If you are looking for inspiration and ideas to sharper your business writing or copywriting skills, start here.
In this book John Simmons provides 26 examples of how to use words in different ways to communicate your brand or business more vividly.
He does this by rewriting the same short drab corporate text from a fictitious technology company's Annual Report in 26 different styles- including that of being 'written on a Blackberry for an eight year old', detective fiction, as a song lyric and in a Starbucks style. Simmons includes exercises, analysis, tips, insights and useful anecdotes with each one.
It's both entertaining and illuminating, and the perfect antidote to business language that is frequently dull and sets out to obfuscate the facts.
A useful reference book and source of ideas for anyone interested in writing better for business.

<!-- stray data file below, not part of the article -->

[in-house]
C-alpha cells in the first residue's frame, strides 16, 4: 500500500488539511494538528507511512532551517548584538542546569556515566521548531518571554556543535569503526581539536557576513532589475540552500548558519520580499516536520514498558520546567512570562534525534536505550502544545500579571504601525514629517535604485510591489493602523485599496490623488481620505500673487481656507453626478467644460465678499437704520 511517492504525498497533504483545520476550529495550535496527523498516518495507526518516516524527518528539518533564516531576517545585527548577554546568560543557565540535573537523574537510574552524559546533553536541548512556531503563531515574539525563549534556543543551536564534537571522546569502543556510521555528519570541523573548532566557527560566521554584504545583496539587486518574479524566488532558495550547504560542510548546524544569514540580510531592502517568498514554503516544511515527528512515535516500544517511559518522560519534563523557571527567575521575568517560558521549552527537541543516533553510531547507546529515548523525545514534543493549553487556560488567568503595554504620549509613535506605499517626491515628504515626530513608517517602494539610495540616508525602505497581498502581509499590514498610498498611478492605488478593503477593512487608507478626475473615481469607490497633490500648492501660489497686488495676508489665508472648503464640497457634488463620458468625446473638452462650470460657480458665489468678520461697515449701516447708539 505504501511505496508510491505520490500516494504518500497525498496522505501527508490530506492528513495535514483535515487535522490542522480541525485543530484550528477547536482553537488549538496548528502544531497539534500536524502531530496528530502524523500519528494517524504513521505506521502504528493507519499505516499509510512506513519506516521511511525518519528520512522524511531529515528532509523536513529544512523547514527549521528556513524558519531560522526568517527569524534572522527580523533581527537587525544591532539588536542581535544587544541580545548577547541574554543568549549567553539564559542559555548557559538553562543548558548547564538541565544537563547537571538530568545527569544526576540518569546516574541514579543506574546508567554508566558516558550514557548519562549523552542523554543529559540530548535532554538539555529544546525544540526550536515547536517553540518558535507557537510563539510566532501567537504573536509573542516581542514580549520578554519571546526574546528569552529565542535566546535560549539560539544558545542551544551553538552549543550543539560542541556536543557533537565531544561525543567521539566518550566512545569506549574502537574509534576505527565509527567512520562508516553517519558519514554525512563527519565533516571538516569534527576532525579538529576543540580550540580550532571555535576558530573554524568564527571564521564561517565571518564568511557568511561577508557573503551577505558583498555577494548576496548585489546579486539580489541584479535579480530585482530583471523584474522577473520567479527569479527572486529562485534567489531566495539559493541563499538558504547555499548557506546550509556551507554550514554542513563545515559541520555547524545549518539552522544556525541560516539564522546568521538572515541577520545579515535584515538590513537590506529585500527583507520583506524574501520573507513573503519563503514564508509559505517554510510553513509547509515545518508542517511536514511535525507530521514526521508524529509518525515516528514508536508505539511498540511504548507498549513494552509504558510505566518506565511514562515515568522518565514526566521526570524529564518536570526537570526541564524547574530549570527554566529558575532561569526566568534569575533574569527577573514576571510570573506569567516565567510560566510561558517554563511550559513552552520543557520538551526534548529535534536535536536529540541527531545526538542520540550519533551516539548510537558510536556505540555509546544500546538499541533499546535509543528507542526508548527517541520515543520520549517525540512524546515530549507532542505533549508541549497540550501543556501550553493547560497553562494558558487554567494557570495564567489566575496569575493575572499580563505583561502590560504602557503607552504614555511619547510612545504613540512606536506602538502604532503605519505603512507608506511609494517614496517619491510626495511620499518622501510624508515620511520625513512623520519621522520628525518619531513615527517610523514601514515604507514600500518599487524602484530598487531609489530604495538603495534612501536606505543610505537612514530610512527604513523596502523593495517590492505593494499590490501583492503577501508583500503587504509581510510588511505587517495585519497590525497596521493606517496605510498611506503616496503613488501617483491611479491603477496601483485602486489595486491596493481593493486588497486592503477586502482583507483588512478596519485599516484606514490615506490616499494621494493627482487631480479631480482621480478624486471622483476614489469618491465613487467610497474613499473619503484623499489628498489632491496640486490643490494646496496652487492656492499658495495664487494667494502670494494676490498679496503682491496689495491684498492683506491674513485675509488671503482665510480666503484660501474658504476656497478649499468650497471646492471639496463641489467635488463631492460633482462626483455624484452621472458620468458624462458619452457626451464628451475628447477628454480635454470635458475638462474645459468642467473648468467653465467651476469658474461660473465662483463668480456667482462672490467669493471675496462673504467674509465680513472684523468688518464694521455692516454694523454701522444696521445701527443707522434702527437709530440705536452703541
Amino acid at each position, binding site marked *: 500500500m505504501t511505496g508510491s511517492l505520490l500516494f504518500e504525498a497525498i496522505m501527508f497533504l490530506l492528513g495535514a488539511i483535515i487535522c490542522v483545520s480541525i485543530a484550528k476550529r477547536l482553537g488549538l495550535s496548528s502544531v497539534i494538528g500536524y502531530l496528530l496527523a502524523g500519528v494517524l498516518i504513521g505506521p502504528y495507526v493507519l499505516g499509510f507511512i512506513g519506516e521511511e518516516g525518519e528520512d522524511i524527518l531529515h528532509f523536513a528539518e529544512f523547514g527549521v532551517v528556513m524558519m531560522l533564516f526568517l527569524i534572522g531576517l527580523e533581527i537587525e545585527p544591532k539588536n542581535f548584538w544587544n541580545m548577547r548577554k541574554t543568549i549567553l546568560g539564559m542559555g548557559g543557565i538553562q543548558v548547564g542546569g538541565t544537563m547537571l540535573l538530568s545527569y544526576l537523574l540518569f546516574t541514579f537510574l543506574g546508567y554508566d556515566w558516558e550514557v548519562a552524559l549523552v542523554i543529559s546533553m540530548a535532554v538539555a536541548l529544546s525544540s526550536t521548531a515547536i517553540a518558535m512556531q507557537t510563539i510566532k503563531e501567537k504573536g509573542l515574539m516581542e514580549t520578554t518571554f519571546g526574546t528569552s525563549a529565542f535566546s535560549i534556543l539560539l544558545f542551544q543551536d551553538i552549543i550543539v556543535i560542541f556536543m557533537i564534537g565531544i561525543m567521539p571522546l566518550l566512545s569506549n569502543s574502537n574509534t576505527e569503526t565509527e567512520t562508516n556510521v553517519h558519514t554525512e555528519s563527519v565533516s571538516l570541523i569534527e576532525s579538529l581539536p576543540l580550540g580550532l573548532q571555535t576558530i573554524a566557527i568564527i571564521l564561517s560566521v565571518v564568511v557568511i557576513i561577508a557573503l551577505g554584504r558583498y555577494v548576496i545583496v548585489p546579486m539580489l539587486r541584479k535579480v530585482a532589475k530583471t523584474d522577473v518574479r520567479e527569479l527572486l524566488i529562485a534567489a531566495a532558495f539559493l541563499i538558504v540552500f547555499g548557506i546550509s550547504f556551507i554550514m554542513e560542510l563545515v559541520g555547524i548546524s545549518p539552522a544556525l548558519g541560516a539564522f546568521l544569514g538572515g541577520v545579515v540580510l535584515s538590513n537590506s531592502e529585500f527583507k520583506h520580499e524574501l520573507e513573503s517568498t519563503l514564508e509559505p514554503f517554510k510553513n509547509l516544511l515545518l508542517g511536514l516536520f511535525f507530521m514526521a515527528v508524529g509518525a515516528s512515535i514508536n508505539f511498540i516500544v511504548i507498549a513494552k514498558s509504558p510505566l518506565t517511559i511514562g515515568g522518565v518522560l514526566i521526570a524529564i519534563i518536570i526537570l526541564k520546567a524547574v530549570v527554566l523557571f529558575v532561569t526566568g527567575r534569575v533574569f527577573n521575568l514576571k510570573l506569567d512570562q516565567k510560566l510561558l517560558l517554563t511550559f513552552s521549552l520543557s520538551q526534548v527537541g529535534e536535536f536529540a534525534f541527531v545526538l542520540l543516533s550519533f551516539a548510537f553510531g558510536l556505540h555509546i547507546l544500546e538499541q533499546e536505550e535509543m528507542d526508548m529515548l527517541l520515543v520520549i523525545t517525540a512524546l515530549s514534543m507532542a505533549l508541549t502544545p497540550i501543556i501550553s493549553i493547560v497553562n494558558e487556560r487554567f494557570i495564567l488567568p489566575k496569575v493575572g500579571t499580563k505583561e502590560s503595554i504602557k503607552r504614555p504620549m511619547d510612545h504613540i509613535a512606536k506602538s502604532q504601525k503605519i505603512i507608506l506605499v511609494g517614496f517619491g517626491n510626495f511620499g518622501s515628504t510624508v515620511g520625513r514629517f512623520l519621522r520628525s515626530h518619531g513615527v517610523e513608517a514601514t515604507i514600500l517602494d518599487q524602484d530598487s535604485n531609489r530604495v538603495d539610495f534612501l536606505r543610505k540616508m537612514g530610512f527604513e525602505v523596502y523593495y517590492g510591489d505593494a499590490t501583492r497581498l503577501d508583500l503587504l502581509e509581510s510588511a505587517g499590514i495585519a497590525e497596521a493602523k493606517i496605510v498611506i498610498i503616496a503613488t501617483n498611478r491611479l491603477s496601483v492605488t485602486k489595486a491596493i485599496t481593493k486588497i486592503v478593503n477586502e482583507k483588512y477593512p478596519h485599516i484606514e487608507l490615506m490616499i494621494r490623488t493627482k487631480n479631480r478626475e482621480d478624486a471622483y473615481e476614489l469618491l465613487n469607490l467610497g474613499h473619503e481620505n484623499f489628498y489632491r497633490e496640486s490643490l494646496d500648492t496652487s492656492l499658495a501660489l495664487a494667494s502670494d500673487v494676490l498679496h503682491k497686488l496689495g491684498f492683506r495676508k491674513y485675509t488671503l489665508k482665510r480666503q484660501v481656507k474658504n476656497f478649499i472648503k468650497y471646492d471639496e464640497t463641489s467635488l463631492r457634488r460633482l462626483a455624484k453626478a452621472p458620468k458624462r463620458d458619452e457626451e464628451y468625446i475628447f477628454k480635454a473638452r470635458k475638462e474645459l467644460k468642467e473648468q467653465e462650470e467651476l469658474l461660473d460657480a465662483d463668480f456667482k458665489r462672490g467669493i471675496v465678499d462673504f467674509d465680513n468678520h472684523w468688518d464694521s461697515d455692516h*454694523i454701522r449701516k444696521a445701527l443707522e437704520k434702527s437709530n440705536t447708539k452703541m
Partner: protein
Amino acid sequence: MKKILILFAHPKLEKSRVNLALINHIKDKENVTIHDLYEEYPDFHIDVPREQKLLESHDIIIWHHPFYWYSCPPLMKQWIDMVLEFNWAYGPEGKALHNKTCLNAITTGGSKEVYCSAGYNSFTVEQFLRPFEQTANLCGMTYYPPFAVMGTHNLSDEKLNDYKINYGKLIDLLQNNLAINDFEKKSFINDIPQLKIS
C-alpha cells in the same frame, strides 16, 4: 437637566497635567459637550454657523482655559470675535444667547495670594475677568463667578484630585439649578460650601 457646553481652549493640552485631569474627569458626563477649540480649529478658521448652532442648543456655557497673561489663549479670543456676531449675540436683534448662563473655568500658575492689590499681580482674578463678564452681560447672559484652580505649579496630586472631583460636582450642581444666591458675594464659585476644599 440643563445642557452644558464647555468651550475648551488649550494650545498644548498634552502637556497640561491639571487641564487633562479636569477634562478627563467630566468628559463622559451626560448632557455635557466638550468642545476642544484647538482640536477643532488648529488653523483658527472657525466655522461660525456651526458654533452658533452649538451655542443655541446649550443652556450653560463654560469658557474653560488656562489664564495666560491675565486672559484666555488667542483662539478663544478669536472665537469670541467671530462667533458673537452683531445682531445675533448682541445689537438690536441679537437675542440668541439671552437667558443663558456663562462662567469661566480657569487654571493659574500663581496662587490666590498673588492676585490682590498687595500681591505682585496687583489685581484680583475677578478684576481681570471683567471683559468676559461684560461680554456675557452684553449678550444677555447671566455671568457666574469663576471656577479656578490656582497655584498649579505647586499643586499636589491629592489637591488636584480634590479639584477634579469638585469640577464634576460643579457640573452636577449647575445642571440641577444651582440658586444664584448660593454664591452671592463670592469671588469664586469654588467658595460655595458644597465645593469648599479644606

on 29 May 2009
My problem with this book is that every time I read a chapter, I lend it to someone who will find it valuable. Problem solved, I ordered a number of new copies.
Quite simply this is for anyone in any organization who wants to influence or change the culture of writing and tone of voice of their organization. Some companies have a tendency to write brochures,annual reports,customer letters designed to fulfill legal requirements,committee approvals,and ID manuals completely forgetting their intended audience.
Be bold, drop one in the in tray of your friendly Investor Relations, Corporate Communications and Marketing gurus and light blue touch paper.